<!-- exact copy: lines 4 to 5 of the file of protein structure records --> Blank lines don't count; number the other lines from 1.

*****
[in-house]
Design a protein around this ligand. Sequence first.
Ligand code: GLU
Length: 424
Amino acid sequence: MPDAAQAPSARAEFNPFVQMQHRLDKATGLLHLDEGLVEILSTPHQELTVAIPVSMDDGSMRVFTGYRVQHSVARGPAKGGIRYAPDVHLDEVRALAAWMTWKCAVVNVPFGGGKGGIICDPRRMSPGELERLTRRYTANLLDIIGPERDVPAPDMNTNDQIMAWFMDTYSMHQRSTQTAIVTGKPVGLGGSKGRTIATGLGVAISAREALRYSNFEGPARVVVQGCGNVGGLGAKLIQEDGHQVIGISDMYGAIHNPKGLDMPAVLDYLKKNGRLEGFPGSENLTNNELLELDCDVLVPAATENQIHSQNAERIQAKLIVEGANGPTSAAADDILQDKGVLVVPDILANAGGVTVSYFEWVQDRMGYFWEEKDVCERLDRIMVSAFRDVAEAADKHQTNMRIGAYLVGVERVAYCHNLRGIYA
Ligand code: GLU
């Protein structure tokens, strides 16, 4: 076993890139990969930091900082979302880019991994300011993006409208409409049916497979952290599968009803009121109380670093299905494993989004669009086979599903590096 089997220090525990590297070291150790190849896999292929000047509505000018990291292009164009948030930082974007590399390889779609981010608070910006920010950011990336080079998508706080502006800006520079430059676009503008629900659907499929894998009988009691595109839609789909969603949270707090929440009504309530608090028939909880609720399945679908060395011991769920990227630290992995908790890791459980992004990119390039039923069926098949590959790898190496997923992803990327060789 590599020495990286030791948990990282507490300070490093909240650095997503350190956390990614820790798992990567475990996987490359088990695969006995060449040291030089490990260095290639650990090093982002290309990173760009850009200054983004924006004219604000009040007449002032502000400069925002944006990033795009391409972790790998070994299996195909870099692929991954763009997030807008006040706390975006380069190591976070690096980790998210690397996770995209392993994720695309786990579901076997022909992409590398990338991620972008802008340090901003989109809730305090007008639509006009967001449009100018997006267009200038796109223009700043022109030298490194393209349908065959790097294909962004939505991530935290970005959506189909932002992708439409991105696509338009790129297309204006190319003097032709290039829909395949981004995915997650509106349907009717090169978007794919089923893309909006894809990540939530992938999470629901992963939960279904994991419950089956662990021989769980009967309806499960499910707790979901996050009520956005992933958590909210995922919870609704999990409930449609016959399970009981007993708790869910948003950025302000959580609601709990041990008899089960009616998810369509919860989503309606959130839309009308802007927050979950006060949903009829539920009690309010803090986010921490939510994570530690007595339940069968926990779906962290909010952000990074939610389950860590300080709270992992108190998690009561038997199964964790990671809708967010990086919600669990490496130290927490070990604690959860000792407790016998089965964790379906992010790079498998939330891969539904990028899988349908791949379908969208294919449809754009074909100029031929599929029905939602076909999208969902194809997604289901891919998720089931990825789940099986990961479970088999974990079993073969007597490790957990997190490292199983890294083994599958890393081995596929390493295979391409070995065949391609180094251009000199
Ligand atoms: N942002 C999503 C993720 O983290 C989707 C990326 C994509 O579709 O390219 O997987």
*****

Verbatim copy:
Length: 424
Amino acid sequence: MPDAAQAPSARAEFNPFVQMQHRLDKATGLLHLDEGLVEILSTPHQELTVAIPVSMDDGSMRVFTGYRVQHSVARGPAKGGIRYAPDVHLDEVRALAAWMTWKCAVVNVPFGGGKGGIICDPRRMSPGELERLTRRYTANLLDIIGPERDVPAPDMNTNDQIMAWFMDTYSMHQRSTQTAIVTGKPVGLGGSKGRTIATGLGVAISAREALRYSNFEGPARVVVQGCGNVGGLGAKLIQEDGHQVIGISDMYGAIHNPKGLDMPAVLDYLKKNGRLEGFPGSENLTNNELLELDCDVLVPAATENQIHSQNAERIQAKLIVEGANGPTSAAADDILQDKGVLVVPDILANAGGVTVSYFEWVQDRMGYFWEEKDVCERLDRIMVSAFRDVAEAADKHQTNMRIGAYLVGVERVAYCHNLRGIYA